How to Budget For Church Events in 3 Steps
As Christians, we are called to be good stewards of our personal finances. We are also called to show financial stewardship within our church budgets, as well. Since events are a huge portion of church ministry, one way to make good on this calling is to be intentional with our church’s annual budgeting process.
Here are three easy steps to budget for church events and keep your ministry on track for the year.
Step #1: Determine What Events You’ll Host This Year
In a recent blog post, I told you about the importance of planning church events a year ahead of time. The first step to planning in advance was to determine early which events to host throughout the year. My recommendation is to first hold a meeting with your event planning team where you put all potential events on a large wall calendar (erasable is best) for everyone to see. This is a great visual that helps you determine whether or not you have too big, or too little, event goals for the year. From there, host a follow-up team meeting to review the calendar with your ministry department leaders, Executive Pastor, Senior Pastor, and support department leaders (Finance, Communications, Facilities, etc.). Some things to discuss in this follow-up are potential workload issues for your staff as well as budgets for each event, which leads us into Step #2.
Step #2: Create a Budget for Each Event
Next, you’ll need to create a budget for each individual event. Here’s a list of items you should account for when creating a detailed budget:
- Marketing — To promote your church event, you’ll need marketing communication. This includes things like website design, logos, advertisements, flyers, and email newsletters.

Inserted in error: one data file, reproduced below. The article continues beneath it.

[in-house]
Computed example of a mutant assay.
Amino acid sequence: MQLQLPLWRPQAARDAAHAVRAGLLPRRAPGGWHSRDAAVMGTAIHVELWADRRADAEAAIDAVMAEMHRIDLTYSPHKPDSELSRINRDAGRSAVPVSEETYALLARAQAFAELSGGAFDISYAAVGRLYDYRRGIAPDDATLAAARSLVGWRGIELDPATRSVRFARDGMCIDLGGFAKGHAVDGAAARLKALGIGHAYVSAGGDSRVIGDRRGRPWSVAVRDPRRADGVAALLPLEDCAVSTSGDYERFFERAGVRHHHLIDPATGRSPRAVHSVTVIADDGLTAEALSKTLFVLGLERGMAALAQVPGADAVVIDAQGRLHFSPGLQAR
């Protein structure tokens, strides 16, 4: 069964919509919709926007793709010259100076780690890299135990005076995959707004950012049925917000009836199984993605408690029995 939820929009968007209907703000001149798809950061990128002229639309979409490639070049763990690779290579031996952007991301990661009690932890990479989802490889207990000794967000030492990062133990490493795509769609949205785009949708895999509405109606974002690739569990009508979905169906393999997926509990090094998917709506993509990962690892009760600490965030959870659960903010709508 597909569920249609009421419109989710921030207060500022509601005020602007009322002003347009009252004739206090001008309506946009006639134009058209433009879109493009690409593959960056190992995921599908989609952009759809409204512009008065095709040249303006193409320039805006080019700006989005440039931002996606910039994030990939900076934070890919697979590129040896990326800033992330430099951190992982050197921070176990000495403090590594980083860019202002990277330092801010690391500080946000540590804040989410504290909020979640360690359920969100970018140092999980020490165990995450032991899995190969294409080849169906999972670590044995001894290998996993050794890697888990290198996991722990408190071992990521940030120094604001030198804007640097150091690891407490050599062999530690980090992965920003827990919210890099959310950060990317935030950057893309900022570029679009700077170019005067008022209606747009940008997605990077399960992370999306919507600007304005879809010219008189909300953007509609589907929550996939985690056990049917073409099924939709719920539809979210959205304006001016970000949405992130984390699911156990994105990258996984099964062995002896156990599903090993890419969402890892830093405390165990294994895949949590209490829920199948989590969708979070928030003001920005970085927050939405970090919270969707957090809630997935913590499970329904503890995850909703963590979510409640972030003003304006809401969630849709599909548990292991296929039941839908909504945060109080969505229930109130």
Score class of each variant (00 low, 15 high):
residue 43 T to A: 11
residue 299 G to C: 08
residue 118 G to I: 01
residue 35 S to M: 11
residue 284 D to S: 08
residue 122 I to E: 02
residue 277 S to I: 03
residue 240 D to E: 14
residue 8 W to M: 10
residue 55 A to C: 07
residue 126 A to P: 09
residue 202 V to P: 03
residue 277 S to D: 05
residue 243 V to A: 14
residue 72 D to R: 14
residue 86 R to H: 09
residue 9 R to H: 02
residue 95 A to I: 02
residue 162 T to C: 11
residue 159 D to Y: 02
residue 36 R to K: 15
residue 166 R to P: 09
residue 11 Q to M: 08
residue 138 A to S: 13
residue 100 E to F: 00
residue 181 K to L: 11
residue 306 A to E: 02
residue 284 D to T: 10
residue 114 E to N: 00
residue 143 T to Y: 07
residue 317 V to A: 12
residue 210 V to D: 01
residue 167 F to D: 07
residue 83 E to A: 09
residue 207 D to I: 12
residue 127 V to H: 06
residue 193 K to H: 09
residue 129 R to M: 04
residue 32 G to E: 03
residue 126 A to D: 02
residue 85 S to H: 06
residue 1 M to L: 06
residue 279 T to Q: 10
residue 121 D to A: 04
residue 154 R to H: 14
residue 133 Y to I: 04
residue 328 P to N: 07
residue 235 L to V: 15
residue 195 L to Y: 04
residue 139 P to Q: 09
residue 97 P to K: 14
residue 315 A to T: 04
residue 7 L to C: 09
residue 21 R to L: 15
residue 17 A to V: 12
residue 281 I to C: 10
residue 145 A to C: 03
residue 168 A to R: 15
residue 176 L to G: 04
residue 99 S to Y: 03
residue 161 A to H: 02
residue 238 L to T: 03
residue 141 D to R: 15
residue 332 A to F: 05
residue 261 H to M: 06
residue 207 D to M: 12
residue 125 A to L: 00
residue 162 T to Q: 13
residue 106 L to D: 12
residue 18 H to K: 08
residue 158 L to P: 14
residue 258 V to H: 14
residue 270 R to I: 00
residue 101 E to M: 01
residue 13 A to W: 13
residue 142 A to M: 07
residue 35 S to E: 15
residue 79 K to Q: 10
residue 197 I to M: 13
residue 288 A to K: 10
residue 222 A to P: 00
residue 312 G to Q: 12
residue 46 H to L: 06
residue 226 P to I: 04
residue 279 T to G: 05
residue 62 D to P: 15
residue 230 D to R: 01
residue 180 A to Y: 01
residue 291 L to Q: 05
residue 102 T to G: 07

- Guest Speakers — If you plan on bringing outside guest speakers to your event, you’ll need to account for honorariums as well as their travel and lodging expenses.
- Catering — Meals or snacks at events can sometimes take a huge portion of the budget. Consider asking for donations from local restaurants or have several church members make the food as a part of their volunteer service.
- Equipment and Decor Rentals — This may include renting tables, chairs, three-way radios for communication, tents, sound and lighting equipment, etc.
- Signage — Most likely, you will need signs around the church campus to help event participants locate key areas.
- Merchandise — If you plan to sell books, DVDs, or other items at the event, you’ll need to figure in your initial purchasing costs for these items.
- Security — For larger gatherings, you may want to hire off-duty law enforcement officers or other security personnel to ensure a safe event space.
- Print Materials — Some extra print materials may include name tags, staff lanyards, workbooks, handouts, etc.
Step #3: Review the Budget
Depending on how your church handles the annual budgeting process, budgets for events may roll up into each department’s budget for the year. Regardless of how this is handled, you should review each event budget before approving the event to take place. If an event is too costly, it can often be scaled back instead of cut altogether. That’s why reviewing is such an important step to the budgeting process.
You may also want to check out 6 Practical Ways to Achieve Excellence on a Budget, for tips on how to stick to your budget.
Church event planning can quickly get out of hand if there isn’t a clear process. To help you stay focused, shortcut the budgeting process with this Event Budgeting Template.